No one went anywhere very much anymore. Parked cars sat idle on each street. All summer, windshields gathered fallen crepe myrtles. In fall, a thick sifting of dry pine needles. In kitchen drawers we found soup spoons that needed polishing, a blue-green teapot that was a gift years ago; a pair of glass candlesticks, handpainted, never used. As if it were Christmas, we took them out and marveled; finally we lay them on the table, poured tea, lit tapers. We wouldn't run out of books yet, though as the year dwindled down, there wasn't much light to read by. News of family and friends came, delivered as if by the same service that brought us bread and eggs, meat and onions— who was sick, recovering, dead. Meanwhile, boots, going-out shoes, mid- heel pumps, sandals, satchels, business suits, hats, dressy dresses remained in closets, hoping they wouldn't so soon go out of style. Those who were alone longed for company; those who lived with many others wished sometimes for reprieve. Everyone imagined the day that was coming very soon when undertakers became non-essential workers, when there'd be room again for grass in graveyards.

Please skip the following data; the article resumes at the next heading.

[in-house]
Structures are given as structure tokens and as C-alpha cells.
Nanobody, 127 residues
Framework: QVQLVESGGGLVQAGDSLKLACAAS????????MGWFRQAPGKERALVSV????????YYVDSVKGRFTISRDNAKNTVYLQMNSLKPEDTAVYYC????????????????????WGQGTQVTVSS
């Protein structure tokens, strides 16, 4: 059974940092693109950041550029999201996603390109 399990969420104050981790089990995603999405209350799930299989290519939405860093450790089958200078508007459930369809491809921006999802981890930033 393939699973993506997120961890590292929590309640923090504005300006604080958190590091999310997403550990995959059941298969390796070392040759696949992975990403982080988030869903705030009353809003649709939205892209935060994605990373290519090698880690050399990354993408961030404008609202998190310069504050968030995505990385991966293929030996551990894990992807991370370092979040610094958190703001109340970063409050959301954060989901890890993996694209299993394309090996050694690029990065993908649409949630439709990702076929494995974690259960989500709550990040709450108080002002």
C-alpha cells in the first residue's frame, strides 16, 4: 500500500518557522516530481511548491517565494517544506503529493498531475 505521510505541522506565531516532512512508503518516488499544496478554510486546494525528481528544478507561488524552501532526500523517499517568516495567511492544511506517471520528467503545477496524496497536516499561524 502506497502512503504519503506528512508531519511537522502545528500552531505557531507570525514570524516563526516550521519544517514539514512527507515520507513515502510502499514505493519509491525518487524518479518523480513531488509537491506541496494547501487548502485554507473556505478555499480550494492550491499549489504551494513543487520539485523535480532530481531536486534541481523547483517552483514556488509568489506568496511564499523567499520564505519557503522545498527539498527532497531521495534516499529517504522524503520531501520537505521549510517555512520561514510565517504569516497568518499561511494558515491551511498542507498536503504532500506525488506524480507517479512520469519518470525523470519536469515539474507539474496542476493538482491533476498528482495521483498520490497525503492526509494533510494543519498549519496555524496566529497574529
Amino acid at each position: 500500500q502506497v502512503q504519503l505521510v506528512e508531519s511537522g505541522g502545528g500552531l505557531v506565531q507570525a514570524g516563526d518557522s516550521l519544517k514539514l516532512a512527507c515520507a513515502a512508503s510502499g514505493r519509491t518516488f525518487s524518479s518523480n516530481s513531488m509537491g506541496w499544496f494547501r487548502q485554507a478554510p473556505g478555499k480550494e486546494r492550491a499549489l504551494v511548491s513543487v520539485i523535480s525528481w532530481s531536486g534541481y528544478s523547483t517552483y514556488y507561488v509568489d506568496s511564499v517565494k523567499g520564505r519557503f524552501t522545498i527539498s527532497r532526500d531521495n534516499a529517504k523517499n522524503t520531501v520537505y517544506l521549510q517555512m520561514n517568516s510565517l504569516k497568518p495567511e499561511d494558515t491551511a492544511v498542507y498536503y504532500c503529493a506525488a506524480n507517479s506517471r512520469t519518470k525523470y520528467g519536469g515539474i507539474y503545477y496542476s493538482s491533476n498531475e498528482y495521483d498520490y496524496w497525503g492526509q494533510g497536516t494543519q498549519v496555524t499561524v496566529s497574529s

Poet Luisa A. Igloria (Poetry Foundation web page, author webpage ) was recently appointed Poet Laureate of the Commonwealth of Virginia (2020-2022). She is Co-Winner of the 2019 Crab Orchard Open Competition in Poetry for Maps for Migrants and Ghosts (Southern Illinois University Press, September 2020). She is the winner of the 2015 Resurgence Prize (UK), the world’s first major award for ecopoetry, selected by former UK poet laureate Sir Andrew Motion, Alice Oswald, and Jo Shapcott. She is the author of What is Left of Wings, I Ask (2018 Center for the Book Arts Letterpress Chapbook Prize, selected by former US Poet Laureate Natasha Trethewey); Bright as Mirrors Left in the Grass (Kudzu House Press eChapbook selection for Spring 2015), Ode to the Heart Smaller than a Pencil Eraser (Utah State University Press, 2014 May Swenson Prize), Night Willow (Phoenicia Publishing, 2014), The Saints of Streets (University of Santo Tomas Publishing House, 2013), Juan Luna’s Revolver (2009 Ernest Sandeen Prize, University of Notre Dame Press), and nine other books. She is a member of the core faculty of the MFA Creative Writing Program at Old Dominion University which she directed from 2009-2015; she also teaches classes at The Muse Writers’ Center in Norfolk. In 2018, she was the inaugural Glasgow Distinguished Writer in Residence at Washington and Lee University. When she isn’t writing, reading, or teaching, she cooks with her family, knits, hand-binds books, and listens to tango music.